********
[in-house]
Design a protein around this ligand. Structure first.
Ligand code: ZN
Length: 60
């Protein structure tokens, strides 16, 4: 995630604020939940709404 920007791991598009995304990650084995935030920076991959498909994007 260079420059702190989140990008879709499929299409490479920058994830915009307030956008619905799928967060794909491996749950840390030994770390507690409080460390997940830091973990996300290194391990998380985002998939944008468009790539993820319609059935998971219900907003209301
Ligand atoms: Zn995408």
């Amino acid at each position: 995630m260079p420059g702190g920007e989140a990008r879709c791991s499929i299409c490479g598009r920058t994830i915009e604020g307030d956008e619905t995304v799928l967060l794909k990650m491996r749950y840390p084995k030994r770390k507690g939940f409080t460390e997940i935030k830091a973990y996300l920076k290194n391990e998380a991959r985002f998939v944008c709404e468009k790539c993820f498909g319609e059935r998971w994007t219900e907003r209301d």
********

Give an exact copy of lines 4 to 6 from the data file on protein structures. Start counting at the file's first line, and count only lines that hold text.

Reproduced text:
Length: 60
């Protein structure tokens, strides 16, 4: 995630604020939940709404 920007791991598009995304990650084995935030920076991959498909994007 260079420059702190989140990008879709499929299409490479920058994830915009307030956008619905799928967060794909491996749950840390030994770390507690409080460390997940830091973990996300290194391990998380985002998939944008468009790539993820319609059935998971219900907003209301
Ligand atoms: Zn995408």